2. It emboldened those who were within. As his enemies were startled at his sufferings, so his friends were encouraged by them. Upright men shall be astonished at this, and the innocent shall stir up himself against the hypocrite. The righteous also shall hold on his way, and he who has clean hands shall be stronger and stronger, Job 17:8, 9. So it was here: Many of the brethren in the Lord waxing confident by my bonds, Phil. 1:14. The expectation of trouble for their religion, in general, perhaps disheartened and discouraged them; but, when they saw Paul imprisoned for Christ, they were so far from being deterred from preaching Christ and praising his name, that it made them the more bold; for they could gladly suffer in Paul’s company. If they should be hurried from the pulpit to the prison, they could be reconciled to it, because they would be there in such good company. Besides, the comfort which Paul had in his sufferings, his extraordinary consolations received from Christ in a suffering state, greatly encouraged them. They saw that those who served Christ served a good Master, who could both bear them up and bear them out, in their sufferings for him. Waxing confident by my bonds. Pepoithotas. They were more fully satisfied and persuaded by what they saw. Observe the power of divine grace; that which was intended by the enemy to discourage the preachers of the gospel was overruled for their encouragement. And are much more bold to speak the word without fear; they see the worst of it, and therefore are not afraid to venture. Their confidence gave them courage, and their courage preserved them from the power of fear.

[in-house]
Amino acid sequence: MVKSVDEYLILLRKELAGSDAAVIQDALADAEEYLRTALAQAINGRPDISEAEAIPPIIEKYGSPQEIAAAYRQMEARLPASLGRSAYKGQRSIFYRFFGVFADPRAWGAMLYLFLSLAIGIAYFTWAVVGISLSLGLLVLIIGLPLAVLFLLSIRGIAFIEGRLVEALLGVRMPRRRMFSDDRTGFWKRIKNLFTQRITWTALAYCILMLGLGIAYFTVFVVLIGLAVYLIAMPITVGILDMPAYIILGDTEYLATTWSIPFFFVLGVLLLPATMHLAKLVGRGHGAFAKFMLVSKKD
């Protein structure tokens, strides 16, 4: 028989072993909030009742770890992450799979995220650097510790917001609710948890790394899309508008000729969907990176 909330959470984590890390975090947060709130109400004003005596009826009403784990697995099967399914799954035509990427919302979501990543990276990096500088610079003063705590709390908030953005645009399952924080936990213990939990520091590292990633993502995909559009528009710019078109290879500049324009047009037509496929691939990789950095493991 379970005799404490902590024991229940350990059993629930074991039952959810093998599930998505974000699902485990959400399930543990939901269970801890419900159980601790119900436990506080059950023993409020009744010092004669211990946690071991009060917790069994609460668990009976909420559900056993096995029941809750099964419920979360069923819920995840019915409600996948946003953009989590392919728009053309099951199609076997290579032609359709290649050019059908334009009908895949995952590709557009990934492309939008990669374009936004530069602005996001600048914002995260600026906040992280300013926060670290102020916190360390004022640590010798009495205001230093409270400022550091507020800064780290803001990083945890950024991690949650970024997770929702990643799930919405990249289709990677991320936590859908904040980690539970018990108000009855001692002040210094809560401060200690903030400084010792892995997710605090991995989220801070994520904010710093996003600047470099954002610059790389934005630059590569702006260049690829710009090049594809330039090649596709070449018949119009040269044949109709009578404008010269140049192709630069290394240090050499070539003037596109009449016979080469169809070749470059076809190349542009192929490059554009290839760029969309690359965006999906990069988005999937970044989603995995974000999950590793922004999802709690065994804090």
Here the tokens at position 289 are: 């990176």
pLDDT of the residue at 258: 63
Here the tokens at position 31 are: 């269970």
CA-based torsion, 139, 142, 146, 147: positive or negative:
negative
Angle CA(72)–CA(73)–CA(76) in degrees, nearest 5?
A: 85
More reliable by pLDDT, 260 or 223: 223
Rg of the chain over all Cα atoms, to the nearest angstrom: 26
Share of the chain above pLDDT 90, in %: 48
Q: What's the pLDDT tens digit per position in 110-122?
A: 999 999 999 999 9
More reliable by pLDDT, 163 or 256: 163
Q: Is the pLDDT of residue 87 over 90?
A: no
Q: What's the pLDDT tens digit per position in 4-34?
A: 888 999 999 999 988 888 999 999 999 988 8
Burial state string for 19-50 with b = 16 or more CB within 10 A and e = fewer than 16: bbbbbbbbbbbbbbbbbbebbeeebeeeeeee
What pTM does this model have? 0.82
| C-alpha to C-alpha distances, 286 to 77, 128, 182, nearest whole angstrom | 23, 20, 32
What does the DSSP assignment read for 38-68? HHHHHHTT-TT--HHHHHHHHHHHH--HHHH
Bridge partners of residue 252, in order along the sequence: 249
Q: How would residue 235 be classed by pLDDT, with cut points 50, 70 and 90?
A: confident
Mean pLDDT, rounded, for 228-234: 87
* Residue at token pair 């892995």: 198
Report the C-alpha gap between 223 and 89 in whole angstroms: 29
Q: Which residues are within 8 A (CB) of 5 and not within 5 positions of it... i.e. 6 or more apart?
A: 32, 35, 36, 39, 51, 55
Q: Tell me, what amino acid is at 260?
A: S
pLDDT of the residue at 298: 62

II. He suffered from false friends as well as from enemies (Phil. 1:15, 16): Some preach Christ even of envy and strife. The one preach Christ of contention, not sincerely. Now this would be a stumbling-block and discouragement to some, that there were those who envied Paul’s reputation in the churches, and the interest he had among the Christians, and endeavoured to supplant and undermine him. They were secretly pleased when he was laid up in prison, that they might have the better opportunity to steal away the people’s affections; and they laid themselves out the more in preaching, that they might gain to themselves the reputation they envied him: Supposing to add affliction to my bonds. They thought hereby to grieve his spirit, and make him afraid of losing his interest, uneasy under his confinement, and impatient for release. It is sad that there should be men who profess the gospel, especially who preach it, who are governed by such principles as these, who should preach Christ in spite to Paul, and to increase the affliction of his bonds. Let us not think it strange if in these later and more degenerate ages of the church there should be any such. However, there were others who were animated by Paul’s sufferings to preach Christ the more vigorously: Some also of good will, and love: from sincere affection to the gospel, that the work might not stand while the workman was laid up.—Knowing that I am set for the defence of the gospel. They knew that he was appointed to support and propagate the gospel in the world, against all the violence and opposition of its enemies, and were afraid lest the gospel should suffer by his confinement. This made them the more bold to preach the word and supply his lack of service to the church.